Re: poly: Computers induce fast growth?

From: Hal Finney <>
Date: Thu Sep 10 1998 - 21:36:07 PDT

Robin Hanson, <>, writes:
> These are all reasonable criticisms, but don't you find this framework at
> least a useful resource when thinking about what speculations are how
> plausible? Given how little else we have to go on, I find it comforting
> to at least of some sort of empirical context to work with.

It is interesting that it is consistent with other lines of argument.
It can be seen as adding confidence in the Bayesian sense to the
predictions of Drexler and Moravec, etc. We have some a priori belief
in the probability of major changes in technology over the next century.
Your analysis shows that such changes would be broadly consistent with
historical patterns.

It's also interesting to speculate about what happens with the change
after the next one. On June 10, Carl Feynmann had predicted:

: There are still a few people in stage 2, and billions in each of the
: subsequent stages. Each stage takes a long time to squeeze out the
: previous stages. So we can look around us for occupants of the next stage.
: Most of us won't have to look very far, because we are them: we are
: information workers in a bit-centered economy. If the proverb that an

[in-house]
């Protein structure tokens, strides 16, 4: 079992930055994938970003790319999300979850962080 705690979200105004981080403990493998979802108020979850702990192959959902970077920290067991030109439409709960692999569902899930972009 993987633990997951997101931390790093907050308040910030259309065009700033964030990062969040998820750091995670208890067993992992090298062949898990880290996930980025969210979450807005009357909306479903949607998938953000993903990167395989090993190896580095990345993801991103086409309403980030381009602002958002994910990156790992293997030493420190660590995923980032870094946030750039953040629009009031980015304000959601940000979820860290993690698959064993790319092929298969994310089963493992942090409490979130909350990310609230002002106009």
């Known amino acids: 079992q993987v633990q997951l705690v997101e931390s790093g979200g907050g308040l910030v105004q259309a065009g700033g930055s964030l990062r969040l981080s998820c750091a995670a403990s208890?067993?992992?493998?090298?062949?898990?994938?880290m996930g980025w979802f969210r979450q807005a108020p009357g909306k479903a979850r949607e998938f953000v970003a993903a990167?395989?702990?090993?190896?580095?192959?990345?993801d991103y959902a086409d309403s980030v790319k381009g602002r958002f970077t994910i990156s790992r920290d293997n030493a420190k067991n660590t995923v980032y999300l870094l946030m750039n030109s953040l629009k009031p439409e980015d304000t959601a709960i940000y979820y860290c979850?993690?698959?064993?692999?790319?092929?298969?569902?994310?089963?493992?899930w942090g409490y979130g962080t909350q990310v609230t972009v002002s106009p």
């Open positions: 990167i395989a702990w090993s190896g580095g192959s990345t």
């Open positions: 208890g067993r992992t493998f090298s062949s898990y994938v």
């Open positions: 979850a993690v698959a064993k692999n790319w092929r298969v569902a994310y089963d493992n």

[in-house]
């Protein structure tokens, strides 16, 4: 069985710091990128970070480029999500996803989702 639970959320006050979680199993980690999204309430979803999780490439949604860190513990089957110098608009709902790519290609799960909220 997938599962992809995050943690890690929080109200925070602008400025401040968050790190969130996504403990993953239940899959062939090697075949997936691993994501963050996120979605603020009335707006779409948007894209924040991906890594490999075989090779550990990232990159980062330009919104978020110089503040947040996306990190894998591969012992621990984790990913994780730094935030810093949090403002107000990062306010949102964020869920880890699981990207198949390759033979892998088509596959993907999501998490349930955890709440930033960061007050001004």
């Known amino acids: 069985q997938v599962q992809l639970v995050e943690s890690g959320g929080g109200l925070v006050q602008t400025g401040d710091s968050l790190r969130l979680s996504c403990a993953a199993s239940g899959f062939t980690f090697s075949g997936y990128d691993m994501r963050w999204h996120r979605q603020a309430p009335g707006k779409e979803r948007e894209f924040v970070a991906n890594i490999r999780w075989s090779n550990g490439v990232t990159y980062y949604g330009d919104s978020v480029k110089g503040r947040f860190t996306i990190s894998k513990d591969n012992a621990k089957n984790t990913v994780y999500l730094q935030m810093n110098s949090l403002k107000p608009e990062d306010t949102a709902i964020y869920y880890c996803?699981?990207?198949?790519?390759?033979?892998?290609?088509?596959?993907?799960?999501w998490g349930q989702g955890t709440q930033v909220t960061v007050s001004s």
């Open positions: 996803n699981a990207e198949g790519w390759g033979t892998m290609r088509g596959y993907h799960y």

: internet year equals seven ordinary years is true, we can say that the new
: doubling time is two years, and the DT factor is 7. If there are 6,000,000
: people in the new economy, and 6,000,000,000 in the old one, it will take
: roughly 20 years for the new economy to become dominant.
: Stage 7 will become dominant sometime between 2024 and 2038, and will have
: a doubling time between a week and six months.

I'm not sure of Carl's starting point for counting 20 years until the
next transition, but I think it was around 2000, suggesting transition
near 2020 to two year doubling, similar to Robin's results. He then
estimates from 4 to 18 years until the next transition, which would be
2 to 9 doublings, consistent with the data. The speedup factor he gives
for that transition is 4 to 100.

Received on Fri Sep 11 04:20:23 1998

This archive was generated by hypermail 2.1.8 : Tue Mar 07 2006 - 14:45:30 PST